Annoucement for those in NC

Discussion in '2005 Archive' started by GeneMBridges, Jan 15, 2005.

  1. GeneMBridges

    GeneMBridges
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    There is a reason I am posting this in the versions forum. (Moderator, please feel free to copy this elsewhere so others can see it too if you wish)...

    This event is being held in High Point, NC until the end of Feb. (I will be leading a group from my church on Feb. 5). I think you'll agree this is a truly once in a lifetime opportunity for most of us:

    You can see what I'm talking about here:

    www.deadseascrollstoamerica.com

    Note: I also understand from the local Christian radio station that once you go to the exhibit one time, they give you a pass so that you can return for free anytime / anyday afterward.
     
  2. aefting

    aefting
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    The exhibit might be interesting but I would go with a great deal of caution about their teaching and book sales.

    The DSS tour is put on by a Dr. Craig Lampe who also promotes his books at this site:

    http://www.greatsite.com/featured-items-and-events/forbidden-book.html

    Here is a small except that shows how Dr. Lampe is just a wacko:

    Here is another. This quote was available online at http://www.deadseaexhibit.com/educational/forbiddenbook/04_FB_Ch04.pdf, but apparently not any longer.


    Andy
     
  3. GeneMBridges

    GeneMBridges
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    How is this "wacko"? St. Mary's Church in the Abbey at Glastonbury has always claimed this distinction because a church house for the Celtic peoples was built there before the one that now stands in ruins and dates from the Norman era. Rome had extended to Brittania by the time of the early church, so this is not outside the bounds of orthodoxy. There is a competing claim from the Church of the Nativity in Jerusalem, built in the 300's. Everybody is entitled to their opinion on this, especially considering that so very little is known about that particular issue. Just because there were Christians living and meeting from the time of the Ascension until those churches were built, it does not follow that they must have also met above ground in dedicated churches. They met in houses and synagogues. Even today, in nations where our brothers and sisters are persecuted and meet in houses by invitation after being screened in interviews in a public forum (like Muslim nations where they'll burn your church to the ground), we do not say that they are meeting in an "above ground" church. They are meeting "underground." In fact, a great many Christians lived and worshipped in the catacombs underneath ancient cities.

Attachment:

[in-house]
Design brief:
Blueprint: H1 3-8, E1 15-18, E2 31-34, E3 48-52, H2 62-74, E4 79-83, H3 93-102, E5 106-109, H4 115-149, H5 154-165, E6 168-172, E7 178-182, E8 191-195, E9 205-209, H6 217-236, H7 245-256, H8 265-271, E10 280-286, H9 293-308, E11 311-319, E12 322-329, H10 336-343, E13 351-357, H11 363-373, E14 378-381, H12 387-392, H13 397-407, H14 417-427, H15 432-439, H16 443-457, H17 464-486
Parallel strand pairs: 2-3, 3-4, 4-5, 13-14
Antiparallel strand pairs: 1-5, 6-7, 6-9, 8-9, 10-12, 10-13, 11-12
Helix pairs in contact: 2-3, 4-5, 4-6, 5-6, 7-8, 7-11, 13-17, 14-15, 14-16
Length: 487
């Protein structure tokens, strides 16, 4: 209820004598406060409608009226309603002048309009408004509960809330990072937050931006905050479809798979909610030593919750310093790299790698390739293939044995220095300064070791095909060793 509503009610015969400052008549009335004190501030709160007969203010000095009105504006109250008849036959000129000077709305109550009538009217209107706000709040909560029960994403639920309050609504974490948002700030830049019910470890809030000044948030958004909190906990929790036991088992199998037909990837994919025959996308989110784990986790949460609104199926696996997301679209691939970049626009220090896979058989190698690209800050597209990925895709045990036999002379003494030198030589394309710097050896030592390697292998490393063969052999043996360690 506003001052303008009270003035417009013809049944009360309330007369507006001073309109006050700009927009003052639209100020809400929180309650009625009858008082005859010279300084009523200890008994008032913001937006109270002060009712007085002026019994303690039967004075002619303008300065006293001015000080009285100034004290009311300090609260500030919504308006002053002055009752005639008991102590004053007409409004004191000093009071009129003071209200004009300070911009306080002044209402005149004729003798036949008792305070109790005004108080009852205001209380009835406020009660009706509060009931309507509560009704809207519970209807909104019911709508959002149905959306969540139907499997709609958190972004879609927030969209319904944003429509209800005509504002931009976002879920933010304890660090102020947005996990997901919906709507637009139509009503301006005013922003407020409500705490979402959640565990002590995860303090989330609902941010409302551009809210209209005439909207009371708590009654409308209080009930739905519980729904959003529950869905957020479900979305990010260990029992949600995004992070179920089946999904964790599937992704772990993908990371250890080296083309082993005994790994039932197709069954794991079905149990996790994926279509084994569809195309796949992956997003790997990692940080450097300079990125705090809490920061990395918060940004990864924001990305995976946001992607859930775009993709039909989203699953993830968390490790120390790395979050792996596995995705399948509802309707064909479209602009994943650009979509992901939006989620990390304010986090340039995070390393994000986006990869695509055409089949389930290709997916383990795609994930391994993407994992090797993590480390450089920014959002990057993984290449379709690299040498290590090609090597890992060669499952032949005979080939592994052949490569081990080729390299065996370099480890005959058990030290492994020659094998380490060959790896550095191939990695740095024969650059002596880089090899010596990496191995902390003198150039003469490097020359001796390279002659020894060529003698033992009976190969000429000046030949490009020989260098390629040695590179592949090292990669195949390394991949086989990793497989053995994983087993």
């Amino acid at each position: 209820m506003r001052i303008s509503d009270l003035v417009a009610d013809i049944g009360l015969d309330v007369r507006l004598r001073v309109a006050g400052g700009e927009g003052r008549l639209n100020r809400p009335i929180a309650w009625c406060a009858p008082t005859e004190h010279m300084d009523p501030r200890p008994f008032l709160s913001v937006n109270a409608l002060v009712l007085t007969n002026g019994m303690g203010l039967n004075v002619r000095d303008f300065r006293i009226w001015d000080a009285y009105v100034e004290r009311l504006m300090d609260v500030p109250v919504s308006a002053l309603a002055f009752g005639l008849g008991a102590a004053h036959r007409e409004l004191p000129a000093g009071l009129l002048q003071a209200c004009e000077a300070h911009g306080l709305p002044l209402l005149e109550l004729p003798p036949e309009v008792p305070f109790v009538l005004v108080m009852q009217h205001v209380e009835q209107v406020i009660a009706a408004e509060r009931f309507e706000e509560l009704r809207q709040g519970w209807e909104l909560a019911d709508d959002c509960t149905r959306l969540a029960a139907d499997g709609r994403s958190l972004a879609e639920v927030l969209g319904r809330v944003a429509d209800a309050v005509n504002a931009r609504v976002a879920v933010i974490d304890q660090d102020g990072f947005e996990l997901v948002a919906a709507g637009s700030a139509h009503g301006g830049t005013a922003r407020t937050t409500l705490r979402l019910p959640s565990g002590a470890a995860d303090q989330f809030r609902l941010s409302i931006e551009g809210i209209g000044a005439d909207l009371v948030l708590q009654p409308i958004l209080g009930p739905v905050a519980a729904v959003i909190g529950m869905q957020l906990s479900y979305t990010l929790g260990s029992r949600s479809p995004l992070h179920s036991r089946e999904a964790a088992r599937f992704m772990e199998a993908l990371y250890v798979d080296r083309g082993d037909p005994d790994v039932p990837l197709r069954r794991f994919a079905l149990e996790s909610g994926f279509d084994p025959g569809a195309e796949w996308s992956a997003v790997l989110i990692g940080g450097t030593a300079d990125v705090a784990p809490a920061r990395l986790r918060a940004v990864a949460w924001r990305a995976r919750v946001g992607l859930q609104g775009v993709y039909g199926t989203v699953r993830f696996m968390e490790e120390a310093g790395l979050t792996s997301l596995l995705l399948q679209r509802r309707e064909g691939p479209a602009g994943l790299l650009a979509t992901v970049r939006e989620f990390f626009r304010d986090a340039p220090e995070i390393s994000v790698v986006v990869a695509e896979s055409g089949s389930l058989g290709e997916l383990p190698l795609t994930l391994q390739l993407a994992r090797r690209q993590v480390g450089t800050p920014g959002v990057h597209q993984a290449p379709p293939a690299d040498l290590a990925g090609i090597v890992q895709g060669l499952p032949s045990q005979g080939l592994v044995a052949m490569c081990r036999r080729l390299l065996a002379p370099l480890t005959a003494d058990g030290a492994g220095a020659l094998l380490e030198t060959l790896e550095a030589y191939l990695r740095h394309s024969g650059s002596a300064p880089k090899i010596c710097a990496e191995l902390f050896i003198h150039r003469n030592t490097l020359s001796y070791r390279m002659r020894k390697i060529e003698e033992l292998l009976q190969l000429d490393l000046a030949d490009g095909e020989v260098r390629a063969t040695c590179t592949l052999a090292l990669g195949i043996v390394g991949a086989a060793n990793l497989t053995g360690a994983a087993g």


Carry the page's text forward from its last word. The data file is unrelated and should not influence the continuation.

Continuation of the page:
Prior to the Reformation and certainly during the Reformation this was the case. There's nothing heretical in that statement.

    And many Christians including Protestants also affirm this to be true.

    There is nothing "wacko" here, Andy. The AV 1611 DID contain the Apocrypha. We all know this. The Apocrypha was officially removed by the Archbishop of Canterbury in 1885 leaving only 66 books. This is also a historical fact. It should, however, be noted that Johnathan Edwards listeners did not use the KJV text of the New Testament many times. They were readers of koine Greek and followed his sermon lectures from their copies of the Greek New Testament.

    His son, Joel Lampe, graduated from Calvin Seminary, which confesses to The Belgic Confession (1561), the Heidelberg Catechism (1563), and the Canons of Dort (1618-1619). I seriously doubt that a "wacko" would make it through a seminary that confesses to those documents as their rule of faith and practice along with the infallible rule of Scripture.

    [ January 15, 2005, 01:38 PM: Message edited by: GeneMBridges ]
     
  4. rsr

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    "In fact, a great many Christians lived and worshipped in the catacombs underneath ancient cities."

    No, there is no evidence for that. It is possible some Christians sought temporary refuge from persecution, but the catacombs were not liveable at all.

    Glastonbury has competition:

    "North Carolina State University archaeologist Thomas Parker believes he has uncovered remains of what may be the oldest church in the world, dating from the late third century, in the Jordanian port city of Aqaba.

    Although other buildings used for Christian gatherings during the first century and a half following Jesus' ministry have been unearthed, Parker maintains these are the remains of "the earliest known building specifically designed as a church."
    CHRISTIANITY TODAY

    CNN also reported an earlier find:

    BTW: I'd like to see the exhibit and don't consider Lampe "wacko," though he overstates the English rejection of the Apocrypha (the British and Foreign Missionary Soceity dropped the books in the 1820s, and many editions before that had been published without the Apocrypha.)
     
  5. GeneMBridges

    GeneMBridges
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    That's odd because that's not what the historians in Rome tell you. Sorry, I used to live in Europe (and have a degree in European History) and am well acquainted with the catacombs and must disagree. They buried their dead there and were known to worship there at times. They did not use them for regular worship. They hid there, (thus lived for temporary periods untill they could move on if necessary) sometimes in small communities during times of more violent persecutions, which were known to occur then subside. They did not live there on a normative basis just as they did not worship there on a normative basis.

    Films and Quo Vadis popularized the myth that they lived there on a regular basis, but even those that say, "the catacombs were unlivable," in the next breath teach that Christians are believed to have sought temporary refuge there during times of more violent persecutions, because the sites were protected as burial sites under inviolable Roman law. While early Christians did not spend their lives hiding in the catacombs, they did go there to gather in prayer, celebrate funeral rites, create art, and celebrate the anniversaries of the martyrs and the dead.